Professors having to carry around chalk in their pockets. Students dragging in spare chairs from other classrooms so they have a place to sit for their class. A shortage of full-time faculty and poverty pay for part-time instructors.
These are the scenes of how austerity funding has hurt CUNY. PSC President Barbara Bowen described this disrepair before a group of State Assembly members gathered for a meeting on February 10. “We’ve all lived it,” she said.
DROP IN FULL-TIME FACULTY
Bowen said that over the years not only has enrollment throughout the CUNY system been rising but the number of full-time instructors has also fallen. She compounded those issues with the constant poverty many students have to live with while struggling to pay tuition, get to class on time and hold down jobs just to get by. For example, Bowen noted that PSC members at Hostos Community College reported that students were going without meals in order to save money – some instructors reported sharing their lunches with students.
The message the PSC had for lawmakers was that the main goal for the PSC in Albany is to achieve full funding for CUNY’s budget, which as Clarion previously reported, would include enough funding for 1,000 new full-time faculty lines and an adjunct pay raise to $7,000 per course.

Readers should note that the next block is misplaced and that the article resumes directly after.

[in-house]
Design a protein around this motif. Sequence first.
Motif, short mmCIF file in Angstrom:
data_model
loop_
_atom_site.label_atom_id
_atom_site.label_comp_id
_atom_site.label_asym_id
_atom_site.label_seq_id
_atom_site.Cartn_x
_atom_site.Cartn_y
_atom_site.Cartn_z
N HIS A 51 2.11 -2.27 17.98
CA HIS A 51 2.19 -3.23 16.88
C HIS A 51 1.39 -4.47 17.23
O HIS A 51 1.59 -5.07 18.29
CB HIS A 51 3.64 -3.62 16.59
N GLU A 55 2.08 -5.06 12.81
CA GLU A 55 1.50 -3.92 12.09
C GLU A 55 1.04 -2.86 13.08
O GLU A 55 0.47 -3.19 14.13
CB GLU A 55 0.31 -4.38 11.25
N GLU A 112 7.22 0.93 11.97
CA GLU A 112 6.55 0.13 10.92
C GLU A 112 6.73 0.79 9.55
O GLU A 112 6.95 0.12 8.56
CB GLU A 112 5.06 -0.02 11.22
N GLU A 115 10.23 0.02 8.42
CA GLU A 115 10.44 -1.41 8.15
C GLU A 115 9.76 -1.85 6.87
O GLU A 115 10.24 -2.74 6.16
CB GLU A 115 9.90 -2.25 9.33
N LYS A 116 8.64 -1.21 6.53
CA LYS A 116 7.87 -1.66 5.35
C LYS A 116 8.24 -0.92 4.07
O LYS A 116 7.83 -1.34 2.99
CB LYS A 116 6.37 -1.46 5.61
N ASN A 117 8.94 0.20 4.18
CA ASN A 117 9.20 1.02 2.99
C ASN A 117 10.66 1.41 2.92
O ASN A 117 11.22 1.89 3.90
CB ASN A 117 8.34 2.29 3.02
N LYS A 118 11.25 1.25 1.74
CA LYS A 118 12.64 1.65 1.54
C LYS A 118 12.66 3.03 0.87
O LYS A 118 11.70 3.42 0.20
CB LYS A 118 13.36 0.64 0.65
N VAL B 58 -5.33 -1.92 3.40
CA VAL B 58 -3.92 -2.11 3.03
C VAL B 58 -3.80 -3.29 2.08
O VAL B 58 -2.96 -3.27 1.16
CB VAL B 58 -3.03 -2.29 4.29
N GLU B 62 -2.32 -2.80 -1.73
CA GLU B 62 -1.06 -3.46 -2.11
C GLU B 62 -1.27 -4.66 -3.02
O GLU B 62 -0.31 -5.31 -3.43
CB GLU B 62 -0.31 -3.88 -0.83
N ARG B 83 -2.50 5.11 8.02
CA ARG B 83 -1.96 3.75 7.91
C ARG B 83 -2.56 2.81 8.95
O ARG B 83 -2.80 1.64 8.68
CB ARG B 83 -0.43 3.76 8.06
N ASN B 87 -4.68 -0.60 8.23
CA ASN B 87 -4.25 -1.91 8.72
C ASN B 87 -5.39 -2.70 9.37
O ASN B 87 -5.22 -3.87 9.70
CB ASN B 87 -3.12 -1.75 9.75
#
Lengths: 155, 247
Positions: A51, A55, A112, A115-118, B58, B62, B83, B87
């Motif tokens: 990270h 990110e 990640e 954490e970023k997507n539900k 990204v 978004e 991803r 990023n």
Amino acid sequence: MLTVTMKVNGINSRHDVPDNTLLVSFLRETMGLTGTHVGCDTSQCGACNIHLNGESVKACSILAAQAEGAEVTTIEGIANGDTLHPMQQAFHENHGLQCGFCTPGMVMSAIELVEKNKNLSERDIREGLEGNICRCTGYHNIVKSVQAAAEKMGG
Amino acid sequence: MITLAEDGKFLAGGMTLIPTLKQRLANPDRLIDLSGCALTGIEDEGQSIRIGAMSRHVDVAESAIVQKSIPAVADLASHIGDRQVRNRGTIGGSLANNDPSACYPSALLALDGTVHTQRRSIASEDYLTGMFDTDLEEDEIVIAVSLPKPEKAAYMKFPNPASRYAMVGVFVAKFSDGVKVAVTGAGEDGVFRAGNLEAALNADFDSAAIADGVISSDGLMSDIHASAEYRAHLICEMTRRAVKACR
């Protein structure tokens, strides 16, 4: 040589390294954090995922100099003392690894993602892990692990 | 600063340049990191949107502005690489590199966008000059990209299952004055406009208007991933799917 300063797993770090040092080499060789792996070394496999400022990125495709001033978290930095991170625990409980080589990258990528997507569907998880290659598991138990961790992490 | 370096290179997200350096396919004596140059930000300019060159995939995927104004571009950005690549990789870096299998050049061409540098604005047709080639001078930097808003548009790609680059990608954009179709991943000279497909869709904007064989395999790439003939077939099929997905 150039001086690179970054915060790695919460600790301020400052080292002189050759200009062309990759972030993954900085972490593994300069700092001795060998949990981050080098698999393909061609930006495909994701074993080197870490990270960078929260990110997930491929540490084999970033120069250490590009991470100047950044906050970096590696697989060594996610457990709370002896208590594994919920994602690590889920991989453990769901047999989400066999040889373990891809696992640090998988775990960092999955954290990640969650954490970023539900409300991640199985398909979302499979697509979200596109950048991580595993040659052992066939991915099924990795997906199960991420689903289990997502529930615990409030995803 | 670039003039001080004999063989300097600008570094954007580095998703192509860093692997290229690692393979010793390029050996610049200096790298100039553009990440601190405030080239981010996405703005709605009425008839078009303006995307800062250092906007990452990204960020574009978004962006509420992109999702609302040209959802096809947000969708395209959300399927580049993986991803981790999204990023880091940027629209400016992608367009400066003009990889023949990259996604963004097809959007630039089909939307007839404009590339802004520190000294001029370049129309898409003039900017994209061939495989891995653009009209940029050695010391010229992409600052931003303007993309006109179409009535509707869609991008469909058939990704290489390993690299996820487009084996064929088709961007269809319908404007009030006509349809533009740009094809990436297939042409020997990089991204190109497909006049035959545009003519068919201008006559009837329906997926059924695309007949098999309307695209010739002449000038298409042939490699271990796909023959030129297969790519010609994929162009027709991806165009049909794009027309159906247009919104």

The union recognizes that the governor’s proposal for free tuition for some full-time students indicates that there is widespread political interest in making public higher education a policy priority.
The union, therefore, believes that there is political will for full funding, which the union believes is of critical importance to making the governor’s tuition proposal a reality, Bowen said.
“Let’s not lose this opportunity,” Bowen said.
FACING FEDERAL CUTS
The union has already testified before a state legislative panel on the governor’s proposed funding for CUNY, and the union will be making several lobbying trips to Albany over the next month.
The union believes there are enough potential revenue streams to achieve full funding for CUNY. The complication, said First Vice President Michael Fabricant, is dealing with the consequences of cuts at the federal level by the Trump administration. As Fabricant said, cuts to Medicaid or the Affordable Care Act would force the governor to rework the budget he has put forth. Still, Fabricant was optimistic about what the union could achieve.
“It could be grim,” he said, “but it’s a chance for the state to shine.”